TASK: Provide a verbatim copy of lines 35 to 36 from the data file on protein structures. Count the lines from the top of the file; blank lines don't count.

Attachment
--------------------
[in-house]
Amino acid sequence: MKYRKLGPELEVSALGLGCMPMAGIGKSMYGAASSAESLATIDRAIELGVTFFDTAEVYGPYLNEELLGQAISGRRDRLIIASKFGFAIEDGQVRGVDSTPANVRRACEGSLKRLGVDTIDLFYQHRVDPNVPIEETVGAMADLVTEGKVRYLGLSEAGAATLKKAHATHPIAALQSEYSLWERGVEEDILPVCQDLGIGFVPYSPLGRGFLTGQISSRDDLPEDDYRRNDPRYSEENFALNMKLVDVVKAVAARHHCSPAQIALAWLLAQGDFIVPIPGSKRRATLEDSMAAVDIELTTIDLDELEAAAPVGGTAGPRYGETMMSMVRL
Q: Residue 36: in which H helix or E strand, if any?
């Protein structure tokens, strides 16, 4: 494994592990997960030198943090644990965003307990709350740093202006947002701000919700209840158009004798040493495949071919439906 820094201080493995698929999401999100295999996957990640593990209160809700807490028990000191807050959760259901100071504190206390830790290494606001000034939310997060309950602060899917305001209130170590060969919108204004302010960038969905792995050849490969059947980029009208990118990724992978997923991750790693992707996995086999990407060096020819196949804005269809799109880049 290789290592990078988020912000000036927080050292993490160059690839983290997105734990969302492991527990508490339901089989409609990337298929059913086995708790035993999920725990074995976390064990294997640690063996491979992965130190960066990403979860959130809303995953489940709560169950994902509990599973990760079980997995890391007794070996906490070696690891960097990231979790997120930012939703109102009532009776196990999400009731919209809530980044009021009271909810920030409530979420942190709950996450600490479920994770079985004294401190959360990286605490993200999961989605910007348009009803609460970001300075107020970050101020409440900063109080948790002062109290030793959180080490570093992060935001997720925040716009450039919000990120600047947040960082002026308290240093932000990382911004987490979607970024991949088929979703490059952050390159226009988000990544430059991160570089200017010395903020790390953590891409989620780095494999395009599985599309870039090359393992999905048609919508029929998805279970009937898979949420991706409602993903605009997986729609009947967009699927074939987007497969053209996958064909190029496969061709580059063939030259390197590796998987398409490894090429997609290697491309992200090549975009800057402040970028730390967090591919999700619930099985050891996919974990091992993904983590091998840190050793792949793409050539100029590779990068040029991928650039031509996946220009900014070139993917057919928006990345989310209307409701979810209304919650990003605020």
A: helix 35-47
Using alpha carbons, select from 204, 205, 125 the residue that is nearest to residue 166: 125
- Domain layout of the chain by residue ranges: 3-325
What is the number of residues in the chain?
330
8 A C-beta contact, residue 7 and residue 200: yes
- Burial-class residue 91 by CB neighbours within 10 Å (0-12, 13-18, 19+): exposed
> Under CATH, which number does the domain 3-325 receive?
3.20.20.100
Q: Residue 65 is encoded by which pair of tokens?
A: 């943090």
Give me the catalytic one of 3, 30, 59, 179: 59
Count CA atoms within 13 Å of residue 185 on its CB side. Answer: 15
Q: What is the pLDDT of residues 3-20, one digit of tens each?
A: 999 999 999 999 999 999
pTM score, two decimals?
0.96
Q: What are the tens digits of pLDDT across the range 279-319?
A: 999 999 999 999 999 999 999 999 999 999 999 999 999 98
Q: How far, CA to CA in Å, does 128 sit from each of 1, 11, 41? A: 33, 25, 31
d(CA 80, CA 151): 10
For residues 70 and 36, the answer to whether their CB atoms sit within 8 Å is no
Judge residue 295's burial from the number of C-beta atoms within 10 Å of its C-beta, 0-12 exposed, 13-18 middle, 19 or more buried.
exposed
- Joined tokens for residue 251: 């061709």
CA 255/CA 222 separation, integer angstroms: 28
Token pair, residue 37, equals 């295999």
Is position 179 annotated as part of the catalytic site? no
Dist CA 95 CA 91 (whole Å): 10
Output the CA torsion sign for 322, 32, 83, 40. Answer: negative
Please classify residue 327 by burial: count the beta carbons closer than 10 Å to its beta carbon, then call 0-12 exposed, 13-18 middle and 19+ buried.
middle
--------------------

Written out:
Please classify residue 327 by burial: count the beta carbons closer than 10 Å to its beta carbon, then call 0-12 exposed, 13-18 middle and 19+ buried.
middle